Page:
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Badgering the Beeb

Sir Fulke Greville wrote, in his Elegy on the Death of Sir Philip Sidney, that "writing increaseth rage". Written over 500 years ago these words distil precisely how I feel when responding to attacks on the badger in the media. I mention my latest battle in this ongoing war below, in the hope it will encourage you to do the same.

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We should be in absolutely no doubt that the threat to the badger from biased and inaccurate media coverage is as serious as the physical threats they face in the wild. A big statement you may think but just think how many people out their trust and believe what they read in their newspapers or see on television, especially when the subject, such as bovine TB and cattle, is complicated and challenging.

Those of you reading this need no persuasion of the rightness of the case for the badger, neither will anything I write or say open the closed minds on the other side of the debate. There are however millions out there who need to have the often-malicious lies spread about badgers countered at every turn. Direct action is not possible for many people, but everyone can pick up a pen.

Do not believe that you are not qualified or have enough knowledge to take on these people, all the information you need is available through the Badger Trust or your local group. The hardest part is writing that first letter. For an example of what a well crafted and researched letter looks like see Dominic Dyer's letter of 7 March 2016 to Lord Hall, sent to Groups and members on 8 March 2016. Dominic's book Badgered to Death and Richard Meyers classic The Fate of the Badger are also invaluable sources of information.

Anyway, to the Beeb. Back in March 2016 they screened their now infamous three-part programme Land of Hope and Glory, billed as a look at the lives of people in the countryside through their own perspective and made with the active assistance of Country Life magazine and its editor Mark Hedges. Whilst covering mostly light, uncontroversial subjects this was not the case with the feature focussing on a farmer, some of whose cattle were diagnosed as reactors following the skin test and taken for slaughter.

Whilst obviously upset the farmer laid the blame for the bovine TB outbreak squarely at the door of the badger and this was repeated by his vet and Hedges. There was no discussion of any other source of infection and of course no evidence given in support of their views. Neither was mention made of the overwhelming scientific evidence that culling badgers to control bovine TB would make any significant difference to the control of the disease.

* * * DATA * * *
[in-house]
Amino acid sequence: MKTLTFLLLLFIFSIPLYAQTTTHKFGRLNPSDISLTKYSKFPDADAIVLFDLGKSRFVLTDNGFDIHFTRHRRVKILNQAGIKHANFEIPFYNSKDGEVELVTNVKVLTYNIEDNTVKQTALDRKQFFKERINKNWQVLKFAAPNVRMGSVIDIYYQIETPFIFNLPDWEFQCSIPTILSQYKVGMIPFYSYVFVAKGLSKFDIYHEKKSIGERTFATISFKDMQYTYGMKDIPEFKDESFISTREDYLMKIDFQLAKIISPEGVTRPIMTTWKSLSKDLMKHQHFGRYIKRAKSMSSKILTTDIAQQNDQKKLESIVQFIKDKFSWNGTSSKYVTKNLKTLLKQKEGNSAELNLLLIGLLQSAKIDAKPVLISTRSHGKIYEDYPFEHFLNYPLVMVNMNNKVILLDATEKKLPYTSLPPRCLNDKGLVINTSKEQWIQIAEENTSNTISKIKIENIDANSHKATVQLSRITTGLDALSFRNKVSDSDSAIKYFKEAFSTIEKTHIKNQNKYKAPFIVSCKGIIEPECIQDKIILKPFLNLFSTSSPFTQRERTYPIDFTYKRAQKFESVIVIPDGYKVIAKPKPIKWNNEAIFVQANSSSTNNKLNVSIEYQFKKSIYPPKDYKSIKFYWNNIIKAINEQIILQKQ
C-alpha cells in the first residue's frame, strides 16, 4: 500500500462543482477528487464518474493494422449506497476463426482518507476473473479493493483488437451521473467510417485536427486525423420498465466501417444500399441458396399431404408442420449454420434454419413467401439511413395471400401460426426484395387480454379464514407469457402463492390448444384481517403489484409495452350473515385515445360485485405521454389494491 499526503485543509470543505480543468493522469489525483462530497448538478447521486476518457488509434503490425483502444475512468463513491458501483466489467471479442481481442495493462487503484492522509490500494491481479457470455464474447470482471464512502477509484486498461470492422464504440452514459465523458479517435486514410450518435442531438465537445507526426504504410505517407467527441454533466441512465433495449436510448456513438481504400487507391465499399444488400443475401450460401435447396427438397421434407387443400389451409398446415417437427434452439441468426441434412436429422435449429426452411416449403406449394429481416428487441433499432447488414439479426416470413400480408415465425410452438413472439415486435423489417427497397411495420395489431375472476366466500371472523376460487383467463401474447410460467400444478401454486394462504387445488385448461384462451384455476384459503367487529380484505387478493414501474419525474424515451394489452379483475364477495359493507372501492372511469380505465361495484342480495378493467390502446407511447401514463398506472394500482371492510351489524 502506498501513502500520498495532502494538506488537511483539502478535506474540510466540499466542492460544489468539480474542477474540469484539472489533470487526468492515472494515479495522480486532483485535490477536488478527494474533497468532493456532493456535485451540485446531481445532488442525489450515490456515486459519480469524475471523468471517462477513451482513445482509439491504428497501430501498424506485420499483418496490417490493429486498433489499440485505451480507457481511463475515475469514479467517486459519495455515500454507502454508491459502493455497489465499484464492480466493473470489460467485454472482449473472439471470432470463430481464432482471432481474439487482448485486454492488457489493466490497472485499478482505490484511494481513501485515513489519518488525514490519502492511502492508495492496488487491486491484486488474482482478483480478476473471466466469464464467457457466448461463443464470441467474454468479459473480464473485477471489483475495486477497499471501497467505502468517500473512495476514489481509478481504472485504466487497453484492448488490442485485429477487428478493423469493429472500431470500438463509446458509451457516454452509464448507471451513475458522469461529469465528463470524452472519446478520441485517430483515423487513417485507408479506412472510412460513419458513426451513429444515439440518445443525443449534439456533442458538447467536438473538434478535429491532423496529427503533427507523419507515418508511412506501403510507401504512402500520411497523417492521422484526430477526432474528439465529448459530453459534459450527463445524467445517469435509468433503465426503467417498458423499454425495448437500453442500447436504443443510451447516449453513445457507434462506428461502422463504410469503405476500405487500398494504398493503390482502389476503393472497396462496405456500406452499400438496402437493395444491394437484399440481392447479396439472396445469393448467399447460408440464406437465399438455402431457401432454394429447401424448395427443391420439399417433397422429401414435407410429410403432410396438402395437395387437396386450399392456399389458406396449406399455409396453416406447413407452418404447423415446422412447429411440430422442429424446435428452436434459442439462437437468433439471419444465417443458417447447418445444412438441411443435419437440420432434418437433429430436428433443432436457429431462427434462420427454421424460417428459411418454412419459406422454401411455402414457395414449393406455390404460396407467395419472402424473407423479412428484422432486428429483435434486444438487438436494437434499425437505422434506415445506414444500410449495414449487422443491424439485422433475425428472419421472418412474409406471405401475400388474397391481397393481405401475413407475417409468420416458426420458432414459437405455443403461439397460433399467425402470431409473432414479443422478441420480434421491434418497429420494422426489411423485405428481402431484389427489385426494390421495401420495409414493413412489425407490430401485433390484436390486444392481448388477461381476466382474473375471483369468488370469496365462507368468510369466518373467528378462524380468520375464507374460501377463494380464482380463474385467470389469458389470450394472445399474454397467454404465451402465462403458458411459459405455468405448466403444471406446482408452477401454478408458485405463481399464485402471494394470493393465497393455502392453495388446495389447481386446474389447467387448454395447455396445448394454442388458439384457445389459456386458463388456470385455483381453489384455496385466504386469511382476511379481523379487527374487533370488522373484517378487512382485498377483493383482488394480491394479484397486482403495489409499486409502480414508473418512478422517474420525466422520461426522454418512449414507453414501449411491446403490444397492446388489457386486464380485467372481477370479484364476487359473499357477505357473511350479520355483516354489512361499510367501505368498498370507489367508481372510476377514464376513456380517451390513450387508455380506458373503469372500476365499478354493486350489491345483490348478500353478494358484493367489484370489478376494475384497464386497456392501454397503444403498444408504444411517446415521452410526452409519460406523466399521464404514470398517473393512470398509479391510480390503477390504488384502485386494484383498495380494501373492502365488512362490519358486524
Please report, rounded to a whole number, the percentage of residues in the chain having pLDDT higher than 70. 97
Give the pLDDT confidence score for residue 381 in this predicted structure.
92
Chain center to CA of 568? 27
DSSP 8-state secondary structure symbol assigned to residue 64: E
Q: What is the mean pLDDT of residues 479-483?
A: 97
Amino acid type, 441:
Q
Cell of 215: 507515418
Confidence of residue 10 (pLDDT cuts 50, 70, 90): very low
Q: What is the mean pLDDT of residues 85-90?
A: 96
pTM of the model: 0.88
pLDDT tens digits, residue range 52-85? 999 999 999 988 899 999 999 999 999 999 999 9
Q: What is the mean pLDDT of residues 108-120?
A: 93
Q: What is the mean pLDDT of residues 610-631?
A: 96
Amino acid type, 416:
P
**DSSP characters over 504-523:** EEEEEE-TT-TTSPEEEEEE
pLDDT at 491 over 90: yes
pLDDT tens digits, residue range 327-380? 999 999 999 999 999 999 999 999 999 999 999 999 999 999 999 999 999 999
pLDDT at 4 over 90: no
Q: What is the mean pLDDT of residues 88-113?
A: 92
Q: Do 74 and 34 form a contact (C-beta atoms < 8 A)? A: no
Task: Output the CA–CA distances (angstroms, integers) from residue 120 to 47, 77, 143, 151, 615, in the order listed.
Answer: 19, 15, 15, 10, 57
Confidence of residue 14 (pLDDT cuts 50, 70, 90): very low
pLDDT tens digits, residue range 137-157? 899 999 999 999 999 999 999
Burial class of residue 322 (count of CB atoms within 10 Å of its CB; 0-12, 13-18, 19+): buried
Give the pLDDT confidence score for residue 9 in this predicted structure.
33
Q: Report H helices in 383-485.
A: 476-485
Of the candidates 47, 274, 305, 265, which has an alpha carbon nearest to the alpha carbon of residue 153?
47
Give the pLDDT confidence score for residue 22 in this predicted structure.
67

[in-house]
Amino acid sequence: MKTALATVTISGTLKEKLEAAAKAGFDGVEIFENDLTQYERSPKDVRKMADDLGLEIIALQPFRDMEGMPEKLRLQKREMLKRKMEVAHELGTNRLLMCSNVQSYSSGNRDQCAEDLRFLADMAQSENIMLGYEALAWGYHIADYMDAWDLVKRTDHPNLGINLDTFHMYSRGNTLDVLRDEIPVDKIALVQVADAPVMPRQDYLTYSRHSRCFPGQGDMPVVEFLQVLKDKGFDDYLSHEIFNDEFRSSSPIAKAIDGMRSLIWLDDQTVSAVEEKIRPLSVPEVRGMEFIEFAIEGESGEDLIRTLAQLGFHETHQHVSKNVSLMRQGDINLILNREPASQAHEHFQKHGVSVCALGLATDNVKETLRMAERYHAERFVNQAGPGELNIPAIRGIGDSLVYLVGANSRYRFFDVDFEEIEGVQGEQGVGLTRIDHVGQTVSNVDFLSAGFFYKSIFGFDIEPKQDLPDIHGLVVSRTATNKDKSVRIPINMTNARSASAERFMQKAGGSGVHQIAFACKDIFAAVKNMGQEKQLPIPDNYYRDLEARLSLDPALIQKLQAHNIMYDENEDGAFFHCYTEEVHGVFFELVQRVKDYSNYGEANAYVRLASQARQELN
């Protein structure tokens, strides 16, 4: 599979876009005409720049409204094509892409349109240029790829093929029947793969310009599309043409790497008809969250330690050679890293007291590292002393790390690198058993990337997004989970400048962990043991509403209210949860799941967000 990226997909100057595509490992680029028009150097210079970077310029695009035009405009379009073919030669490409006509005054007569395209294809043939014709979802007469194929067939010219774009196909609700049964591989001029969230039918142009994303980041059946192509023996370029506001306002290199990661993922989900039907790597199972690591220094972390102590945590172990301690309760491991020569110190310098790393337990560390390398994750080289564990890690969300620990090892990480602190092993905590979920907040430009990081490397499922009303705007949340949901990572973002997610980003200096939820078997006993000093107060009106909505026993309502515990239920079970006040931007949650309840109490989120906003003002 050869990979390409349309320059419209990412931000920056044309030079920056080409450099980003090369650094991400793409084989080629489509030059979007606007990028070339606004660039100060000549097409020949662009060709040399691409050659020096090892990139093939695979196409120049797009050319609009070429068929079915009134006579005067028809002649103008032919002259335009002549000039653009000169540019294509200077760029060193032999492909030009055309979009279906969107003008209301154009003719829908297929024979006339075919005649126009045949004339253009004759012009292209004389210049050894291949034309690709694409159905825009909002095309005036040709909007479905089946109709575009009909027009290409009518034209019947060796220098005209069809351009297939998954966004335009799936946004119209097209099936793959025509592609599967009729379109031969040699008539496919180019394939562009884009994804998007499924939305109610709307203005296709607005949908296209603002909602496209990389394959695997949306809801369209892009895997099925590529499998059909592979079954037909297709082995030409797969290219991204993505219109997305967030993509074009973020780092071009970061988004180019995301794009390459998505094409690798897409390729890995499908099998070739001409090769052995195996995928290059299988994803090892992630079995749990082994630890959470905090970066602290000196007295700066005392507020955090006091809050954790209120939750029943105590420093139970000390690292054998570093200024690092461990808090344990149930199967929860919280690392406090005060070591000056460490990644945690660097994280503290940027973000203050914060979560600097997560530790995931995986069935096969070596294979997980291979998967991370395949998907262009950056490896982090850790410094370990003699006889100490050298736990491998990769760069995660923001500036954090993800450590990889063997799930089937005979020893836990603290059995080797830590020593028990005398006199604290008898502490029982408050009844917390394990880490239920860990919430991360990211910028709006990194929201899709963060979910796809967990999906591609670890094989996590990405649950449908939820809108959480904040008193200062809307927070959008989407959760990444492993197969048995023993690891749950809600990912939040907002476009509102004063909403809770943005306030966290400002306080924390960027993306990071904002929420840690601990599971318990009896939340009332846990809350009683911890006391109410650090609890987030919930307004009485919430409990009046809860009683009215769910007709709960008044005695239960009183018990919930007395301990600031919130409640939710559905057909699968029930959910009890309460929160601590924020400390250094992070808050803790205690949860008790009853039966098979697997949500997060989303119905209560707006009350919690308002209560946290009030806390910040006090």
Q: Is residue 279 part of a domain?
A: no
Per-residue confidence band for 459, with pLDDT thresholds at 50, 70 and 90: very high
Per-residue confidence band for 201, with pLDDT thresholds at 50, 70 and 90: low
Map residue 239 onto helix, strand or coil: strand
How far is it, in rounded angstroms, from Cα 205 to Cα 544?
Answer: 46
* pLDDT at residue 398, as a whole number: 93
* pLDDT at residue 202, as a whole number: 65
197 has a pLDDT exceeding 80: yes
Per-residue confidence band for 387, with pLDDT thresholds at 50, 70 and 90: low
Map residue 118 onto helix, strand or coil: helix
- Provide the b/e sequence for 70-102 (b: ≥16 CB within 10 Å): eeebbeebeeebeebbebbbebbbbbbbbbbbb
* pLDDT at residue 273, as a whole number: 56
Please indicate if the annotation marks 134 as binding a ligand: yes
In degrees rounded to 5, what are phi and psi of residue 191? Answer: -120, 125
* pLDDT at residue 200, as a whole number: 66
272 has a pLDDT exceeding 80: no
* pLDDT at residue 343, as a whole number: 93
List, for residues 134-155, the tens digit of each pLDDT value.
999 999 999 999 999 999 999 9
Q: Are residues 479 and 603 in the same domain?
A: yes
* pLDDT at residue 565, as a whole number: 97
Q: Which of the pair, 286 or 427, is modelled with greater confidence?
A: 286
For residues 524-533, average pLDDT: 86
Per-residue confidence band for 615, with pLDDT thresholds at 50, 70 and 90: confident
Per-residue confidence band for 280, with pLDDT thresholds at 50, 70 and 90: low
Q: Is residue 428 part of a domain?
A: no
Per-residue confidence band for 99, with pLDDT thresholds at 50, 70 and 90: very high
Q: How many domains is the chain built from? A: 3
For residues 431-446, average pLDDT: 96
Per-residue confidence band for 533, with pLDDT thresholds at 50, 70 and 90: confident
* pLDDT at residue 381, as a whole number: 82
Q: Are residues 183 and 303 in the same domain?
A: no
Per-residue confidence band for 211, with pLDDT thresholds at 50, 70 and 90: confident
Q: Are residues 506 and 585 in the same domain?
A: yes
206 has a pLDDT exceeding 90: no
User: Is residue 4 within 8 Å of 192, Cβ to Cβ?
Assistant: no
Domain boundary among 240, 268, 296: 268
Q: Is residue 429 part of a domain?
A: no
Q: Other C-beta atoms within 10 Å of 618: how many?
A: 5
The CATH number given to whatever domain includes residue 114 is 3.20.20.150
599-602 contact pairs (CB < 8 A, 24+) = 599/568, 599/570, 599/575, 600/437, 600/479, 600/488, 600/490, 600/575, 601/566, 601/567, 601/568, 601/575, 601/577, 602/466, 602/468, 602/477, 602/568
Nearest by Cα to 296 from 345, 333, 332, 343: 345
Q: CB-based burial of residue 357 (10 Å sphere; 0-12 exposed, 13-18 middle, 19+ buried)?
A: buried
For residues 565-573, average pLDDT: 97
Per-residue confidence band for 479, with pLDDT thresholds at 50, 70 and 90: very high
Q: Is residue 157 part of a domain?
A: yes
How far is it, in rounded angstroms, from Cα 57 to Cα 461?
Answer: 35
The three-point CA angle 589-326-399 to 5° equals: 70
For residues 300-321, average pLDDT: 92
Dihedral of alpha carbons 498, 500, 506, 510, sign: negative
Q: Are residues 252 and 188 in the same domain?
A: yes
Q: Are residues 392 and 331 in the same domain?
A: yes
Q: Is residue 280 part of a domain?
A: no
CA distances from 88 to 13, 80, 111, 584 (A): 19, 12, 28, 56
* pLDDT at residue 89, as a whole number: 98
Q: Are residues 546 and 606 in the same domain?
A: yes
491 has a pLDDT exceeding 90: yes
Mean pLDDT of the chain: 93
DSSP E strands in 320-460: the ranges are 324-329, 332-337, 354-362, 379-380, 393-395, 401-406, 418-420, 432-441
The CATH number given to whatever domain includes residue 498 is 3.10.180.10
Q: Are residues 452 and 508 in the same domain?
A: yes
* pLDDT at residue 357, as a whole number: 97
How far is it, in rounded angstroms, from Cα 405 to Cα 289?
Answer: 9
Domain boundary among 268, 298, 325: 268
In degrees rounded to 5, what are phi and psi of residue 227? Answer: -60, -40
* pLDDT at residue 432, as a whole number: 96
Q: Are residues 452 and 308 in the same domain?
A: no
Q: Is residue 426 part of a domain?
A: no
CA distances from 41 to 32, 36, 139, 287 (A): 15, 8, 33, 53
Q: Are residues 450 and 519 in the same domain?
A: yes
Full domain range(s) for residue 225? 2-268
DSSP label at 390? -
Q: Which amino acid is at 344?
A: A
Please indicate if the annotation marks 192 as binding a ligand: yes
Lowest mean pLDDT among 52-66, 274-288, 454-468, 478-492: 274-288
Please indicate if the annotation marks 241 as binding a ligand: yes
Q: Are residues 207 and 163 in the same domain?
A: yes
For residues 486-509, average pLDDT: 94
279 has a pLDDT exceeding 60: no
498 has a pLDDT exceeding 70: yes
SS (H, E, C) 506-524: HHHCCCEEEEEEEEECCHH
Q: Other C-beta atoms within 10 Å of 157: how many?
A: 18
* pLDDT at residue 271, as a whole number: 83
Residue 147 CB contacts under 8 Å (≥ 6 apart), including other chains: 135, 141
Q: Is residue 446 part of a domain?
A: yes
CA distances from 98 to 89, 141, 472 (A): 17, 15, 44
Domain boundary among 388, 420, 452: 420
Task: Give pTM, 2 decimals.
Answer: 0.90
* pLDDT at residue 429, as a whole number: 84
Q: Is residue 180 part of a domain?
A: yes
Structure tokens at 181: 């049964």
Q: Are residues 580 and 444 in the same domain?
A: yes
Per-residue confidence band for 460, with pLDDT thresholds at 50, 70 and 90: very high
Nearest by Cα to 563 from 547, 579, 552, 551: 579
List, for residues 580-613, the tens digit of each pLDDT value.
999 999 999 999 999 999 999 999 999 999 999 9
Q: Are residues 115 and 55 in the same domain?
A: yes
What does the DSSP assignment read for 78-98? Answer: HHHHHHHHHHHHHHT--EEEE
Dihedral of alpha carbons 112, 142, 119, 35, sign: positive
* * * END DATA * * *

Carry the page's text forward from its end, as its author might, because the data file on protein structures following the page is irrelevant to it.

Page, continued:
Faced with yet another example of lazy, inaccurate and prejudicial journalism, or as I simply prefer to call it, journalism, the first of my seven letters was sent to the BBC, following their complaint guidelines, on 10 March 2016, complaining of bias and lack of impartiality. The correspondence which subsequently flowed between us eerily mirrored the whole badger culling debate.

I presented the results of factual scientific research and the views of the leading experts that culling badgers would make no meaningful contribution to the control of bovine TB and the BBC ignored them! It therefore came as no surprise that they finally rejected my complaint on 29th November 2016, eight months after my first letter. I do not intend setting out all the arguments put forward as I would like you to stay awake until the end of this piece, but one interesting point did emerge.

The BBC Guidelines do allow programmes to be made which express only one viewpoint but where the subject is "controversial" this has to be acknowledged and that a" range of views exists and the weight of those views and should not misrepresent them". This is where I felt and indeed still feel, that they broke their own guidelines, twice. It was admitted that the subject was controversial and therefore the Guidelines clearly applied.

The programme stated the only reasons for opposition to badger culling were that the methods used were cruel and inefficient. It did not reveal to the viewer that the majority of scientific opinion was against culling and did not mention the scientific view at all. It did not therefore represent the true "range of views".

Turning to the "weight of those views" it was accepted that the opinions of the farmer, his vet and Hedges were given disproportionate weight. I felt that they were however simply focussing on the length of airtime given to those opinions rather than, correctly in my view, considering the quality, credibility and therefore reliability to be attached to the "range of views" above.